Top takeaway’s from TEDx Frankfurt “Trust. Old Values, new Realities”.

I was lucky enough to be invited to this event in Frankfurt this week. With 10 talks over 4 3 hours it was a lot to take in.  I made a lot of notes and have written up my take-away from the enjoyable and thought provoking afternoon, starting with a few of my favorite quotes.

“It is not that we don’t have the time to do what we want.  We don’t have the want to do what we have time for.” – Nolen Gertz

“Trust is the salt in our social supper” – Anne Bökler-Raettig

“Leaders no longer trust in power to lead but lead using the power of trust.” – Stephan Rathgeber

Simon Anholt spoke about Global Vote where they choose 1 election to cover per month and ask the world to vote on the outcome.  They do not want to effect politics and so publish the results after the local results announced.

The point here is that there is a butterfly effect that can happen form each of these elections. Any politician elected to run their country has the potential to effect all other people on the planet.  They have a local and global mandate now more than ever before, a duty to work for the good of all the people of the world.

There is a worry that there is a movement of looking inwards and backwards in politics at the moment, trying to help the people of a nation return to a ‘happier time’.  The worry is that this is not progressive and the outlook should be outwards and forwards to embrace and explore the opportunities the future can bring.

Nolen Gertz gave a talk on technology and nihilism.  His opening remarks focused on the current technology development paradigm of leisure as liberation, asking the question, does more leisure time make us more human?  How engaged are we with our lives if technology is doing all the leisure work for us?  The example he kept coming back to was ‘Netflix and chill’ which he believes is encouraging apathy to major issues affecting society (refugees, climate issues) and joked if this continues this would lead to ‘Netflix and freeze to death’.

This apathy is being amplified in social media where people share negative fake news stories without checking the source or even reading the article.  To quote Nietzsche this depletes the “physiological capacity for life” and so in effect “makes the sick sicker”.

It was a thought provoking talk, encouraging the audience out of apathy and into action, with a few choice quotes:

“Responsibility is not something you do, it is something you are.”

“You need to become who you are.”

“It is not that we don’t have the time to do what we want.  We don’t have the want to do what we have time for.”

Anne Bökler-Raettig talked about the setup for trust and a warning that in some cases prior information (reputation) can be so powerful you are blind to behavior that you would normally deem un-trustworthy.  Trust is built through forgiveness and reciprocation.  Great trust is earned through rounds of forgiveness, offering and receiving trust.

“Trust is the salt in our social supper”

Greg Gage gave an amazing demonstration of neuroscience for the masses.  Slightly off the topic of trust he managed to demonstrate the presence of brain signals that command limbs by turning them into sound and then extended the trial by hooking up one audience member’s brain signals to another’s member’s arm.  We also listened to the electrical signals of a cockroach leg.  Hugely entertaining and I’d want my kids teachers to have access to Backyard Brain kits.  Fun fact #1  if you pull a cockroach’s leg off it will grow back in 43 days.  Fun fact #2 Greg still had a box of cockroaches in the bar long after the event had ended.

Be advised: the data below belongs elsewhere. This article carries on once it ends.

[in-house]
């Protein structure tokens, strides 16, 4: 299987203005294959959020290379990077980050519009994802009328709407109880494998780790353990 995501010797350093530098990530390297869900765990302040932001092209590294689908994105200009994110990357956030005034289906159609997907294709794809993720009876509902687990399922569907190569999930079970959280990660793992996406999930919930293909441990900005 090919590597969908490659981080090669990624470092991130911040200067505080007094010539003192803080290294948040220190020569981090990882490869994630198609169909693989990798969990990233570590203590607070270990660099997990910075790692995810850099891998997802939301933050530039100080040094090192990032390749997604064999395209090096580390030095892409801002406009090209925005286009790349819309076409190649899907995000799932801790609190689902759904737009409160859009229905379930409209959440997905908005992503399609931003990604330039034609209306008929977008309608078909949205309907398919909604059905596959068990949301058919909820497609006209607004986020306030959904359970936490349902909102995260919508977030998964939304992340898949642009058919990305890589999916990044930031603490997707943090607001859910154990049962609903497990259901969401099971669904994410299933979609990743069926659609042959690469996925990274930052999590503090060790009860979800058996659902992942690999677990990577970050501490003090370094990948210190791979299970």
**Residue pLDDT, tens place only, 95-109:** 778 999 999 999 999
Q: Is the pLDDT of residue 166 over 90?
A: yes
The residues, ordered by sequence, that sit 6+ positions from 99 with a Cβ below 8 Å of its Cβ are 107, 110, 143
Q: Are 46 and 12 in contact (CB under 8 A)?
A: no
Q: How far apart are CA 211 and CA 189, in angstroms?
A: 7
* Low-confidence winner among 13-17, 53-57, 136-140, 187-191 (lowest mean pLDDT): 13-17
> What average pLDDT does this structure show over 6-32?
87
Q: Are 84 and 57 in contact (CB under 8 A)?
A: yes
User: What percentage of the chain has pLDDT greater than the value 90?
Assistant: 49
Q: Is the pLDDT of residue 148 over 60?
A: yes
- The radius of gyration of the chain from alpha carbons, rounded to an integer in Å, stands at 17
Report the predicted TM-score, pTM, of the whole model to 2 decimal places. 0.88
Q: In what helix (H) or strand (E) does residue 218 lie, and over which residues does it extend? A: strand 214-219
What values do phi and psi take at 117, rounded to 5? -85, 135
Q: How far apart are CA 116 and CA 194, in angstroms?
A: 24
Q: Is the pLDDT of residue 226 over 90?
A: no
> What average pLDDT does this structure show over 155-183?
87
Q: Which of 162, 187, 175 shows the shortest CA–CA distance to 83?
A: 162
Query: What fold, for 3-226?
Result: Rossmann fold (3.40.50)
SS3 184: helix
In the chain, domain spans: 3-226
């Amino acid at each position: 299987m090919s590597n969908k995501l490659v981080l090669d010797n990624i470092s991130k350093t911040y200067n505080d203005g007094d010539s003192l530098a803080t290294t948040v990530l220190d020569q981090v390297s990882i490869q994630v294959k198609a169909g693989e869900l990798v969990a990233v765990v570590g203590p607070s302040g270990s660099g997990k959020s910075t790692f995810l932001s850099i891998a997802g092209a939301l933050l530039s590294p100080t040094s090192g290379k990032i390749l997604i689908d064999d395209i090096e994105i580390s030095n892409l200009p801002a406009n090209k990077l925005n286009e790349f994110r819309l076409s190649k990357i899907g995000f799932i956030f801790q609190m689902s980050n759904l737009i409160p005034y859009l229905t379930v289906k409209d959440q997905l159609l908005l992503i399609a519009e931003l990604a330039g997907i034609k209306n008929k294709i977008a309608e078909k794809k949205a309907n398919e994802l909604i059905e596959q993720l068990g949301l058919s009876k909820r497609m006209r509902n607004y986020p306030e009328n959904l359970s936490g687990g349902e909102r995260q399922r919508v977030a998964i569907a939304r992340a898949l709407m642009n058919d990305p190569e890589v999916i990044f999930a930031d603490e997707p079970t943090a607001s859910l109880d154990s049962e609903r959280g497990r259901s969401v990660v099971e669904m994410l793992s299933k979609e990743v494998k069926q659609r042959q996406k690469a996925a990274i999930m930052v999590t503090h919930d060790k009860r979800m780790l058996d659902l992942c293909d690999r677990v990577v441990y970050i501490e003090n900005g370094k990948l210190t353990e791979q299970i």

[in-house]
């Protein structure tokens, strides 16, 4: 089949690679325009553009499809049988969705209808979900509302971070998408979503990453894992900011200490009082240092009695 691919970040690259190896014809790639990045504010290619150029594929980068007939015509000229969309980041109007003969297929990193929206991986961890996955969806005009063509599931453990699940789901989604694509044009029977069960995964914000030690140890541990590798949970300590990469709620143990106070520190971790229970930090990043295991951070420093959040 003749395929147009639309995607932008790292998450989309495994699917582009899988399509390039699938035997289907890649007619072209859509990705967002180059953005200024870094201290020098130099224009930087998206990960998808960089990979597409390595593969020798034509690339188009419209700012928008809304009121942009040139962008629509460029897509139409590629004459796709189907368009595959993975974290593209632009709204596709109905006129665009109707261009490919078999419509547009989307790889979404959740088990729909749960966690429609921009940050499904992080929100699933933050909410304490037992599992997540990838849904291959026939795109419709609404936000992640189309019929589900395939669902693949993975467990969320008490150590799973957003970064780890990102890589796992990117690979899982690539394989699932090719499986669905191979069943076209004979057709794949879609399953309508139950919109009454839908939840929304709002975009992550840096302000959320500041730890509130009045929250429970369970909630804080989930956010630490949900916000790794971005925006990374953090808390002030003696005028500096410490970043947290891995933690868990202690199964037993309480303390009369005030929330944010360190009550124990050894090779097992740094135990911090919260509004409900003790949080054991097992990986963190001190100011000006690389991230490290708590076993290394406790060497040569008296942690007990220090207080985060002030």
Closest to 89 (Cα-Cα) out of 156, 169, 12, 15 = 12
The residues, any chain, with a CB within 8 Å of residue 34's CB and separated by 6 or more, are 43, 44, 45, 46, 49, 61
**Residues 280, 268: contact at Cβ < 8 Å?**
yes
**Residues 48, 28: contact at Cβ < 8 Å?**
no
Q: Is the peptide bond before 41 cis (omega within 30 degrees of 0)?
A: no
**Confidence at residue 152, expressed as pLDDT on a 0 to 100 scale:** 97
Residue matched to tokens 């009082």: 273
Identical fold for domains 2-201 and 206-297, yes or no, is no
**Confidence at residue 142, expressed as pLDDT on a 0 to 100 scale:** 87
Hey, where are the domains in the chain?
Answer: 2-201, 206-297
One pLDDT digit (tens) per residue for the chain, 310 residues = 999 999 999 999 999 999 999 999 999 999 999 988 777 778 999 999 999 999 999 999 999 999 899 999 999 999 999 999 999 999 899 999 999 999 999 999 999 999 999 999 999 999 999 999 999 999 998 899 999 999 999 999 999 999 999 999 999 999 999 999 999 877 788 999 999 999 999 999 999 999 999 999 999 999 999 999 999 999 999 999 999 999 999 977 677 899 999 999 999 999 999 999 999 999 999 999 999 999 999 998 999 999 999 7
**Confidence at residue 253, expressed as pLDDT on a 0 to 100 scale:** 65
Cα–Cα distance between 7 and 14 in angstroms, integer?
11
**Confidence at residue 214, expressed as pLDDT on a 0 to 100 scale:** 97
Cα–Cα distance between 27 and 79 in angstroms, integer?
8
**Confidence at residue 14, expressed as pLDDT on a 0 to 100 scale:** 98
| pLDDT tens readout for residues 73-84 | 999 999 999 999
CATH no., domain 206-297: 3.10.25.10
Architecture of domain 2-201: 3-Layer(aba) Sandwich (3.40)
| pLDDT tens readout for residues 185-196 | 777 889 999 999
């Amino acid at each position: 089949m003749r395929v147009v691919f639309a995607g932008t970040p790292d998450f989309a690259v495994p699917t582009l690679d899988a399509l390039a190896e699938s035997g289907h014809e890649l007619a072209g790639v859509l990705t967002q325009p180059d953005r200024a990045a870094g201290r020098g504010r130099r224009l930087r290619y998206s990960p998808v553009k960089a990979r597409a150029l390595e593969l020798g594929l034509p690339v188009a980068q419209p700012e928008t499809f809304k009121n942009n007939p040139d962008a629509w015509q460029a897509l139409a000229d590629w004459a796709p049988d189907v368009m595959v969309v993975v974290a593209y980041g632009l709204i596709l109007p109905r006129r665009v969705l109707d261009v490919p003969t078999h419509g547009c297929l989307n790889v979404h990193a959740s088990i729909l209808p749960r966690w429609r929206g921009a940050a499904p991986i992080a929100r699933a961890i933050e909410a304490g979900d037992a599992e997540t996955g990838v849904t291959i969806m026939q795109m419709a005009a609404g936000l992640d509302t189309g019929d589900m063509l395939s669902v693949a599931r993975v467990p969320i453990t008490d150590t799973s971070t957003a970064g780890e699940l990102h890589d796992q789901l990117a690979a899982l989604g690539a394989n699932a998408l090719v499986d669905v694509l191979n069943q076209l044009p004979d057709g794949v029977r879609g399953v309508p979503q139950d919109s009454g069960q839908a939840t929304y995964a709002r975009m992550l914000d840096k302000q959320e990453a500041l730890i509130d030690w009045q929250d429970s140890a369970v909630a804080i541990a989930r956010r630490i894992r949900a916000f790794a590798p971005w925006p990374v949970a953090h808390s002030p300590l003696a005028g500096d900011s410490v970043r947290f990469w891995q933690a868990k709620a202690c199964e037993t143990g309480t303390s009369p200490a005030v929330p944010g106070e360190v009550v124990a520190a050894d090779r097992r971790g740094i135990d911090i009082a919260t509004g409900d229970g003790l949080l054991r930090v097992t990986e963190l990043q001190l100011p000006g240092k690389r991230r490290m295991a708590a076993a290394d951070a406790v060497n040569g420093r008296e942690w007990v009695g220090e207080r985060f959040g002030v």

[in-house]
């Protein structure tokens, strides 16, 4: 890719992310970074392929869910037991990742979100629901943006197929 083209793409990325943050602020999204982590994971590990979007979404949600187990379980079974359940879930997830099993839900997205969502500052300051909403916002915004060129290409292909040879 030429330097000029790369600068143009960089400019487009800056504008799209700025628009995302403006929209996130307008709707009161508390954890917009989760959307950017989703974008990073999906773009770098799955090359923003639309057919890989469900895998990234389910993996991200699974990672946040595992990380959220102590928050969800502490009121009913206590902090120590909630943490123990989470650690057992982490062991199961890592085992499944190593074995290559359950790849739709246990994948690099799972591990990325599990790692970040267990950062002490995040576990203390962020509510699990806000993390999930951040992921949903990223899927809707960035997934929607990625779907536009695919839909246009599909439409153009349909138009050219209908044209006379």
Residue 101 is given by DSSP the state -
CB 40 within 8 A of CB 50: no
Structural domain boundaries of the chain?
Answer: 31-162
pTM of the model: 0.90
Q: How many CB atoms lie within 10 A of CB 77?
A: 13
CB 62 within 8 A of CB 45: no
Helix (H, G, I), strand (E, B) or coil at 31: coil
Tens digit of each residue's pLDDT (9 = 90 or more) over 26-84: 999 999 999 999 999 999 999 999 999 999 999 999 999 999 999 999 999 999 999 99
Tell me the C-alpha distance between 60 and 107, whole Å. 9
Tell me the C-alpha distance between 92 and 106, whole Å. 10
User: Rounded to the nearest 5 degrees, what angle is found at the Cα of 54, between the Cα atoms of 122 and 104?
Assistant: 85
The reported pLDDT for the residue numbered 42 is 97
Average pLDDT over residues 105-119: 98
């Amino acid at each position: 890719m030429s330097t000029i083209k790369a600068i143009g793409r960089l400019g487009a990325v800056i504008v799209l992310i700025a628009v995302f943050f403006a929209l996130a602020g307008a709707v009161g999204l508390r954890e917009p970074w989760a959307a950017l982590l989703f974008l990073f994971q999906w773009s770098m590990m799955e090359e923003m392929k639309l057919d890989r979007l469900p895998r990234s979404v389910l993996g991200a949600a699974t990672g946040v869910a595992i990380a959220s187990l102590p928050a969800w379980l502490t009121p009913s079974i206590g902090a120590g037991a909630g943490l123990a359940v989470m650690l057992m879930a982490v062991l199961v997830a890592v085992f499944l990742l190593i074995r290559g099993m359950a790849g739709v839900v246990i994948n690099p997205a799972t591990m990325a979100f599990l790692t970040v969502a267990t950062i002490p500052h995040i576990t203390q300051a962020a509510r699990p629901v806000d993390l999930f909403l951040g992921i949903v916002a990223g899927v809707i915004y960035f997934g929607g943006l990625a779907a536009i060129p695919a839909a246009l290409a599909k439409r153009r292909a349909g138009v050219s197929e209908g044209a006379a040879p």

Daniel Koehler of talked about the role trust plays in the radicalisation and deradicalisation of extremists.  The main take from this talk was that we all have to play a part in demonstrating that integration and diversity creates stronger more resilient communities.

Wijnand Nuijts delivered a talk on the behavior patterns of high performing boards from his experience in and around the Dutch Central Bank.  There is no secret culture to deliver peak performance, each culture will have positive and negative attributes.  Management needs to make sufficiently clear what they expect when they make change. However, board members need to take heed of a few learning around a core finding that they tend not to challenge proposals enough.   The reasons for this are varied:

  • They are delivered incomplete information
  • Profit is the dominant aim
    • Risk is not considered enough
  • Dominant management team
  • Laissez faire leadership styles
    • Indecisiveness
    • Distorted co-operation
  • Strain for consensus

Daniel’s closing point on trust was that ‘trust = truth in relationships’.  People need to know they will not be punished when things go wrong.

Stephan Rathgeber is a high achieving marketer who shared his attitude to leadership.  His colleagues described his leadership style as ‘naked leadership’ meaning there was little or no filter between his emotions and desires and that was communicated to the team which has delivered a trusting working environment.  He noted 3 attributes to trust;  caring, ability and integrity.  He encourages a bi-weekly “fuck-up hour” where his teams are encouraged to share mistakes and learning.

The meaning of work has changed from merely working for money to working for passion and purpose.  He closed with a lovely quote:

“Leaders no longer trust in power to lead but lead using the power of trust.”

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